• SanguineAngel says:

          personally, I dislike the prevalence of DLC. As a means of delivery it has great potential for good. However, in most cases I find it annoying to have frequent content updates to a game I have already finished with – I feel like I’m missing out. I also think businesses definitely take advantage of people who will feel almost compelled to purchase complete collections of it. There’s a technical term for that but I cannot remember what it is. I don’t like the exclusive content either. I think pricing is frequently exploitative. It puts me off purchasing a game on release when I know there’s likely to be more content coming in the next couple of years – I’d rather wait for the complete collection before playing. I think that the quality of content is often questionable and pricing frequently does not value even in a relative sense. Many more reasons besides

      • Wulfram says:

        Bioware have actually dumped the whole “Bioware points” thing. Now you just pay them money.

        Or at least you would if DLC for the game existed beyond pointless deluxe edition stuff. Which is another thing they should get some props for, really.

        • SanguineAngel says:

          OH! That’s good news :) now some reasonable pricing over time would be a good next step

  28. zaloper says:

    I read the article and could swear you weren’t talking about Dark Souls 2. Peculiar.

  29. Antiquary says:

    Great, another review site that’s lost all credibility. Never mind that it’s a console port and combat is simplified and a mess, try not to be blinded by the pretty landscapes that they got BF4 to do for them, DAI is just badly written. Bland and utterly unconvincing as a RPG, the character that you are forced to play has the charisma of a wet dishcloth, which makes his position unbelievable and ruins immersion. It feels like watching one of those BBC kids’ shows that the new trendy nerds have embraced (Dr. Who, Merlin), without the hystrionics.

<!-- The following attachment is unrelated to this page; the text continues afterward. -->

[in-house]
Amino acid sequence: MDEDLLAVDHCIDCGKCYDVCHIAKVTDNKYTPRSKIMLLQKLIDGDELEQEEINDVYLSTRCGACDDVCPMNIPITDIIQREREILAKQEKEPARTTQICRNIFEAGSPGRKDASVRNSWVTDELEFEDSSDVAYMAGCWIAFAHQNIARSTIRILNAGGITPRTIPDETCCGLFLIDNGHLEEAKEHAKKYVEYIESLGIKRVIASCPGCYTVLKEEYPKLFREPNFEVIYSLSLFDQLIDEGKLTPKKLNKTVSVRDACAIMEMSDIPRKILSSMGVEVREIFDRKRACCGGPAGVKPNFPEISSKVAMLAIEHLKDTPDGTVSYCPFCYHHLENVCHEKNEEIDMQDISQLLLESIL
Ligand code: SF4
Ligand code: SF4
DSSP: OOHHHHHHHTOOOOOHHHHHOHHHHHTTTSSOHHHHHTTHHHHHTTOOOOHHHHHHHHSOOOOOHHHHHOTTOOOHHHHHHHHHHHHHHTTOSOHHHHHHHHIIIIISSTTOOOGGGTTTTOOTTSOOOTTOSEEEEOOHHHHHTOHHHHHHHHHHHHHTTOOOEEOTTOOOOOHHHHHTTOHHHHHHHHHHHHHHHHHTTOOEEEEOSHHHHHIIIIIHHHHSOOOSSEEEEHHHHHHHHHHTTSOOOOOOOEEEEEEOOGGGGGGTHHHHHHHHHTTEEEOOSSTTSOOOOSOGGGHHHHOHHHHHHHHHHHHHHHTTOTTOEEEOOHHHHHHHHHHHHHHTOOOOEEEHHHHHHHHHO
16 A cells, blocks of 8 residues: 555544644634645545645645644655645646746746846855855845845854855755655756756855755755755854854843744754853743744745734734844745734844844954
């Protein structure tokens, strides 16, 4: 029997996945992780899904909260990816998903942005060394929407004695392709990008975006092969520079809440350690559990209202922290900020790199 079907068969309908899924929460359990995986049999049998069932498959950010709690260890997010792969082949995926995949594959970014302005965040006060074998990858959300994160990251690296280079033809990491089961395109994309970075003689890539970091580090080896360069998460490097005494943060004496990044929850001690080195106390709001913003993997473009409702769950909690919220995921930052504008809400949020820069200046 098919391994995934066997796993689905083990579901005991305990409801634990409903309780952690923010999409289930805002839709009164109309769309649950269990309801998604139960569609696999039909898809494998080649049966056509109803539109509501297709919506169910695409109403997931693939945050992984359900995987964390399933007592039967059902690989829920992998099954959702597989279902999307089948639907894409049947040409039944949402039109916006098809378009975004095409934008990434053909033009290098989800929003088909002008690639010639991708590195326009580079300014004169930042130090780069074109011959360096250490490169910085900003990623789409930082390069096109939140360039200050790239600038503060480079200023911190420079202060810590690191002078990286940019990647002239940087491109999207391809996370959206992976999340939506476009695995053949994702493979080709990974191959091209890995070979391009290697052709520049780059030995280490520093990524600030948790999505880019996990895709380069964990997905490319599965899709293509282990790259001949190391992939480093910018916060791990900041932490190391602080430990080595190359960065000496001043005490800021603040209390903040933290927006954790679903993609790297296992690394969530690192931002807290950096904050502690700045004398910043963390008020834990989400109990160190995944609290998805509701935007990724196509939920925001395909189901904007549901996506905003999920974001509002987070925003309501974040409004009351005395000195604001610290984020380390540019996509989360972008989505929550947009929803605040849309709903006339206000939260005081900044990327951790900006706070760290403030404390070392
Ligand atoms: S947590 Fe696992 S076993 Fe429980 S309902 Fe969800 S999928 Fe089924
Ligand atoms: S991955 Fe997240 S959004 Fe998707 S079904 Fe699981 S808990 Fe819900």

• Llewyn says:

      It always amuses me when people register new commenting accounts specifically to imply that RPS isn’t the site it used to be.

      • Antiquary says:

        Hey, whatever gets you to that smug glow inside the quickest.

    • zentropy says:

      Gotta agree with the above dude, but still – love the comparison. I mean why make anything new when we can just rehash the past, right? :3

      • Antiquary says:

        Not sure I follow you there? The defence of DA2 centred a lot on accusations of ‘You don’t like the new’, ‘You don’t like change’. Both words used in a meaningless way. ‘New’ and change as actions are neutral, neither good or bad, the worship of change is nonsensical. Everything changes, there’s no need to rush it along with no real thought as to what will happen.

    • SanguineAngel says:

      Hi! I am sorry to see that you are upset here. I hope you don’t mind if I address your comment. Might I suggest that this is an issue of differing opinions rather than some form of scandal worth become upset over?

      Whilst you yourself do not like the game, it is evident that RPS does. The various writers have never been shy about stating when they do NOT like a game, regardless of who produced it or how popular it is. In fact, in this very article you will find some flaws highlighted and two distinct points of view.